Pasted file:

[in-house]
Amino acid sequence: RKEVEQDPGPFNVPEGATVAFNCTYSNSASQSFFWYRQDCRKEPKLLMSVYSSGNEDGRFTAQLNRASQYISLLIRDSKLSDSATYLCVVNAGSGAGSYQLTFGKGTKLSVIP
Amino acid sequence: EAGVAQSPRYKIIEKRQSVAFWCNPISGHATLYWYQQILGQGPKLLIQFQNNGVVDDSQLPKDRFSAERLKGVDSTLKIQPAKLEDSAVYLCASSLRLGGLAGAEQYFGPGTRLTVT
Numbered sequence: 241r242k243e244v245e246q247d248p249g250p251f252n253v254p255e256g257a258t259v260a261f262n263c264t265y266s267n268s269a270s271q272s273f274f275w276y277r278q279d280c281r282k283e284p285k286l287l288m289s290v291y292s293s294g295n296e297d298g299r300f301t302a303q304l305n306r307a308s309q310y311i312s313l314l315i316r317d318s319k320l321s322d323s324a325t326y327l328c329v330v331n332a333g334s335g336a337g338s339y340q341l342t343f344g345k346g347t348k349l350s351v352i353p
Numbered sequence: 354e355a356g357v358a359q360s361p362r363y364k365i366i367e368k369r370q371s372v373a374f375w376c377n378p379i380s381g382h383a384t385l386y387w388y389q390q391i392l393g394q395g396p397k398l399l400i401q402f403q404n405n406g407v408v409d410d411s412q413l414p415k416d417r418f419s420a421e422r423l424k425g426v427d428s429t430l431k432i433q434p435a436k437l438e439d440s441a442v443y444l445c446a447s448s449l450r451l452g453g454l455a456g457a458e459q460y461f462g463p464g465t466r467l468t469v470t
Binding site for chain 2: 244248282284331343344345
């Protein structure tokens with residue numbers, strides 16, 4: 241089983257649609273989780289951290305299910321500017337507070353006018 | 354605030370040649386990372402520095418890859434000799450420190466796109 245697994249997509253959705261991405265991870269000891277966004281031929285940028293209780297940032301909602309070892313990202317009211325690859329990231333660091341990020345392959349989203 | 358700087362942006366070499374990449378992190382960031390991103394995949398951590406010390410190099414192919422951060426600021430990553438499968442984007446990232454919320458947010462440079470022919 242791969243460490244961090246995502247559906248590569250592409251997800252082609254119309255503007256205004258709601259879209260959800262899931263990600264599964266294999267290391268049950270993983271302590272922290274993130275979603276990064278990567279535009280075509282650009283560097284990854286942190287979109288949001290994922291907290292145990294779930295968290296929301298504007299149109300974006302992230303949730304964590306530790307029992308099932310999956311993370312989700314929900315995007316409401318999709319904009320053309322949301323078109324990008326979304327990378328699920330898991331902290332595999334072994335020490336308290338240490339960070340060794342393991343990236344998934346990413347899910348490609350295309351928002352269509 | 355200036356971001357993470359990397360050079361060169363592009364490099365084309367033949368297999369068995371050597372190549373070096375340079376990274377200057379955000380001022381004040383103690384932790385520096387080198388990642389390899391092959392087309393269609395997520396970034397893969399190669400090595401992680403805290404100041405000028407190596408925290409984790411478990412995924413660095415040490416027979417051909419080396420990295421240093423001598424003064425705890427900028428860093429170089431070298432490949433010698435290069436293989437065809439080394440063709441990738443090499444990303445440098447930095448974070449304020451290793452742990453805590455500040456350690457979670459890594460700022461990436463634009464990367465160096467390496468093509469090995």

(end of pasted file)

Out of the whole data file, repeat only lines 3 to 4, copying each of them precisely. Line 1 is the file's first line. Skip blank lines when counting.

Amino acid sequence: EAGVAQSPRYKIIEKRQSVAFWCNPISGHATLYWYQQILGQGPKLLIQFQNNGVVDDSQLPKDRFSAERLKGVDSTLKIQPAKLEDSAVYLCASSLRLGGLAGAEQYFGPGTRLTVT
Numbered sequence: 241r242k243e244v245e246q247d248p249g250p251f252n253v254p255e256g257a258t259v260a261f262n263c264t265y266s267n268s269a270s271q272s273f274f275w276y277r278q279d280c281r282k283e284p285k286l287l288m289s290v291y292s293s294g295n296e297d298g299r300f301t302a303q304l305n306r307a308s309q310y311i312s313l314l315i316r317d318s319k320l321s322d323s324a325t326y327l328c329v330v331n332a333g334s335g336a337g338s339y340q341l342t343f344g345k346g347t348k349l350s351v352i353p